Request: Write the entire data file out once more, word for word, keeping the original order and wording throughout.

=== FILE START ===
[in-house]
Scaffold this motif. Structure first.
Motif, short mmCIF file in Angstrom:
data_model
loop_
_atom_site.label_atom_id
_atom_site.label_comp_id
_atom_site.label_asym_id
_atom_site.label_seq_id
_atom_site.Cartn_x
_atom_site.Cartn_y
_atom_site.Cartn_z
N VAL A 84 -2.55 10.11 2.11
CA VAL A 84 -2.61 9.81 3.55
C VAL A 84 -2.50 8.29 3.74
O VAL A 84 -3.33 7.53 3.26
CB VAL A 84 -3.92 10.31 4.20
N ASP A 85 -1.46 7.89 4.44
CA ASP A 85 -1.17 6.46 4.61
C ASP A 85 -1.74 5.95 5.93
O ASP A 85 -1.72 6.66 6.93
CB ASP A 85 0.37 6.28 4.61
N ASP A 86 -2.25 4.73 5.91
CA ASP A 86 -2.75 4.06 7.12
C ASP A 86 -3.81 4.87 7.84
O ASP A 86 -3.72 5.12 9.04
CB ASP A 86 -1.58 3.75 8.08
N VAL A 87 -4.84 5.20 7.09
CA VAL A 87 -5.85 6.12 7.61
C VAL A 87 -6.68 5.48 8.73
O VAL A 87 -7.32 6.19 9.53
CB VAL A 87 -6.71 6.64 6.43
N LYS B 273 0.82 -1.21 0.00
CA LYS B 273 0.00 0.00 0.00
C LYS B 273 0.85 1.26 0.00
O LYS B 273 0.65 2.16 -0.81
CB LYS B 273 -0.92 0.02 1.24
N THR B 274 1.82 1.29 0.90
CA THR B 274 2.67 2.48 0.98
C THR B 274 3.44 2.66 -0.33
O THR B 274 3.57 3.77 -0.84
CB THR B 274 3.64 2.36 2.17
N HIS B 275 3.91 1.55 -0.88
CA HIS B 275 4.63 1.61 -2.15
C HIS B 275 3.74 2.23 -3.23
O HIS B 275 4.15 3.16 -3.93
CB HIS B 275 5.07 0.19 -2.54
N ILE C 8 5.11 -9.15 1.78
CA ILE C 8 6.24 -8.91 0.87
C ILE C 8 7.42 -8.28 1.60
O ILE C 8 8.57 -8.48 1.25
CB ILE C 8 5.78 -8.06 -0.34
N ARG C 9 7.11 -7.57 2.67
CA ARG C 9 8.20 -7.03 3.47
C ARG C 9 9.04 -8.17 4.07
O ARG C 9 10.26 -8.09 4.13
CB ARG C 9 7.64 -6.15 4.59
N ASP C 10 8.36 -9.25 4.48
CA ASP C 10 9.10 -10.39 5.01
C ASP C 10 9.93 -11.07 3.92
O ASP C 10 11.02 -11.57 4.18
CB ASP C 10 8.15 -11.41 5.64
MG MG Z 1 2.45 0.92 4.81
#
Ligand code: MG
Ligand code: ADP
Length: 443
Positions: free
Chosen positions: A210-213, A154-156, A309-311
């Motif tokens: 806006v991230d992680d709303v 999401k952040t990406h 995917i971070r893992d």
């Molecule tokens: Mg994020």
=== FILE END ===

[in-house]
Scaffold this motif. Structure first.
Motif, short mmCIF file in Angstrom:
data_model
loop_
_atom_site.label_atom_id
_atom_site.label_comp_id
_atom_site.label_asym_id
_atom_site.label_seq_id
_atom_site.Cartn_x
_atom_site.Cartn_y
_atom_site.Cartn_z
N VAL A 84 -2.55 10.11 2.11
CA VAL A 84 -2.61 9.81 3.55
C VAL A 84 -2.50 8.29 3.74
O VAL A 84 -3.33 7.53 3.26
CB VAL A 84 -3.92 10.31 4.20
N ASP A 85 -1.46 7.89 4.44
CA ASP A 85 -1.17 6.46 4.61
C ASP A 85 -1.74 5.95 5.93
O ASP A 85 -1.72 6.66 6.93
CB ASP A 85 0.37 6.28 4.61
N ASP A 86 -2.25 4.73 5.91
CA ASP A 86 -2.75 4.06 7.12
C ASP A 86 -3.81 4.87 7.84
O ASP A 86 -3.72 5.12 9.04
CB ASP A 86 -1.58 3.75 8.08
N VAL A 87 -4.84 5.20 7.09
CA VAL A 87 -5.85 6.12 7.61
C VAL A 87 -6.68 5.48 8.73
O VAL A 87 -7.32 6.19 9.53
CB VAL A 87 -6.71 6.64 6.43
N LYS B 273 0.82 -1.21 0.00
CA LYS B 273 0.00 0.00 0.00
C LYS B 273 0.85 1.26 0.00
O LYS B 273 0.65 2.16 -0.81
CB LYS B 273 -0.92 0.02 1.24
N THR B 274 1.82 1.29 0.90
CA THR B 274 2.67 2.48 0.98
C THR B 274 3.44 2.66 -0.33
O THR B 274 3.57 3.77 -0.84
CB THR B 274 3.64 2.36 2.17
N HIS B 275 3.91 1.55 -0.88
CA HIS B 275 4.63 1.61 -2.15
C HIS B 275 3.74 2.23 -3.23
O HIS B 275 4.15 3.16 -3.93
CB HIS B 275 5.07 0.19 -2.54
N ILE C 8 5.11 -9.15 1.78
CA ILE C 8 6.24 -8.91 0.87
C ILE C 8 7.42 -8.28 1.60
O ILE C 8 8.57 -8.48 1.25
CB ILE C 8 5.78 -8.06 -0.34
N ARG C 9 7.11 -7.57 2.67
CA ARG C 9 8.20 -7.03 3.47
C ARG C 9 9.04 -8.17 4.07
O ARG C 9 10.26 -8.09 4.13
CB ARG C 9 7.64 -6.15 4.59
N ASP C 10 8.36 -9.25 4.48
CA ASP C 10 9.10 -10.39 5.01
C ASP C 10 9.93 -11.07 3.92
O ASP C 10 11.02 -11.57 4.18
CB ASP C 10 8.15 -11.41 5.64
MG MG Z 1 2.45 0.92 4.81
#
Ligand code: MG
Ligand code: ADP
Length: 443
Positions: free
Chosen positions: A210-213, A154-156, A309-311
């Motif tokens: 806006v991230d992680d709303v 999401k952040t990406h 995917i971070r893992d």
């Molecule tokens: Mg994020």